school funding

One might think the end of her first legislative session as Kansas governor would give Laura Kelly some relief.

"Oh, not much," she said. "We've been extraordinarily busy."

The Kansas Supreme Court on Friday effectively ended a nearly decade-long lawsuit by ruling that state lawmakers finally sent enough money to local school districts.

Christopher Sessums / flickr Creative Commons

The Kansas Supreme Court signed off Friday on an increase in spending on public schools that the Democratic governor pushed through the Republican-controlled Legislature, but the justices refused to close the protracted education funding lawsuit that prompted their decision.

A fresh push by school districts to get Kansas to pony up more money for public education met with skepticism Thursday from the Kansas Supreme Court.

Justices had pointed questions for both sides in the lawsuit that began in 2010 and has already gone through multiple rounds of oral arguments and rulings.

The justices, who so far have consistently ruled in favor of the districts, may be ready for it to be over.

Justice Eric Rosen called it frustrating that the funding goal that school districts argue for seems to be a moving target.

All Kansas lawmakers really had to do to end the 2019 legislative session was pass a budget. They did that, with gusto. But also without passing Medicaid expansion. That's one of the items left on freshman Rep. Brandon Woodard's to-do list for next year. 


In the waning days of the 2019 session, the conservative Republicans controlling the Kansas Legislature made one thing clear to Democratic Gov. Laura Kelly and her allies: They were ready for a fight against Medicaid expansion.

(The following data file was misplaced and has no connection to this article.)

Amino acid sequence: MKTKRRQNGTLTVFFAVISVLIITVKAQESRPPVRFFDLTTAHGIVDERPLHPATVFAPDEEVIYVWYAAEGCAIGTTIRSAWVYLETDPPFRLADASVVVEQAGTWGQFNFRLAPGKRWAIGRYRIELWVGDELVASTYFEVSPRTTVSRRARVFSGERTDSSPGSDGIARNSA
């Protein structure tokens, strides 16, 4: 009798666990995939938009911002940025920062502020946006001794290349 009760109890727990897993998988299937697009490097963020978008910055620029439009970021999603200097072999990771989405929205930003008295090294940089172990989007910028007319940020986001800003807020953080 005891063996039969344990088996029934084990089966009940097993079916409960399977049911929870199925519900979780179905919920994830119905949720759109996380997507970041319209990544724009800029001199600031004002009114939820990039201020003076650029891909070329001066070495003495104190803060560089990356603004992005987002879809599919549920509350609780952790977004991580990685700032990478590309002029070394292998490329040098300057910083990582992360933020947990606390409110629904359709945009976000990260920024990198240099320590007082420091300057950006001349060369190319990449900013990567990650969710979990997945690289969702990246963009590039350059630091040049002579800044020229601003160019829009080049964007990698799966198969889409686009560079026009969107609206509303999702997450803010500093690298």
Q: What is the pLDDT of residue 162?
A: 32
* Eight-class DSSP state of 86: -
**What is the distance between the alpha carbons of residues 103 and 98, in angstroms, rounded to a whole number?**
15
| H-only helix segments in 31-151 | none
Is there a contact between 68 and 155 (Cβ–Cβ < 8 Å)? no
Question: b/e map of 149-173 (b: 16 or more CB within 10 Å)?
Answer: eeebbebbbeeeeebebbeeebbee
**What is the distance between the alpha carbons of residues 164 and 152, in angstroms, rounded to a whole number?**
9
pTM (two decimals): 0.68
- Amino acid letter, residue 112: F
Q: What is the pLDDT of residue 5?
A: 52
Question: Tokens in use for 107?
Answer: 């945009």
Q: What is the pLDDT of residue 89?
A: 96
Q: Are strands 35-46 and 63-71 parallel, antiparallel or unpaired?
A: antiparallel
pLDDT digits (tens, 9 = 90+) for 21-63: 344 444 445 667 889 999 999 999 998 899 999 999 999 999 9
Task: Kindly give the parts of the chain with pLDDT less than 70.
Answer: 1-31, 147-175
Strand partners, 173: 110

The issue commanded the four-month session, which ended in the wee hours Sunday. The session was the first with the new Democratic governor in office, which gave people who wanted to expand health coverage for thousands of low-income Kansans the energy to push hard in the final days. Their efforts ultimately failed.

 


School Building Upkeep Left To Local Taxpayers In Kansas, So Sometimes Sun Peers Through The Walls

Apr 22, 2019

EFFINGHAM, Kansas — In 2014, a cash-strapped school district in rural northeast Kansas turned to its residents with a plea: Pay a little more in taxes annually so we can renovate classrooms, update the wiring and give students better spaces to learn.

UPDATE: Saturday, with a crowd of teachers looking on, Gov. Kelly signed a school funding bill she hopes will end years of court battles between the state and local school districts.  

It took a fight, but the Kansas House and Senate have agreed to the school funding hikes Democratic Gov. Laura Kelly called for. Now, lawmakers will wait to see if it’s enough to satisfy the state’s highest court.

Stephen Koranda / KPR/File photo

Kansas House and Senate negotiators have arrived at the bargaining table to work out a school finance deal.

The clock is ticking for Kansas lawmakers to figure out a school funding solution. Briefs making the case for a plan are due to the state Supreme Court April 15.

With only one week of the regular legislative session to go, there’s still significant division over how to satisfy the court that funding is adequate and end the nearly decade-old Gannon lawsuit.

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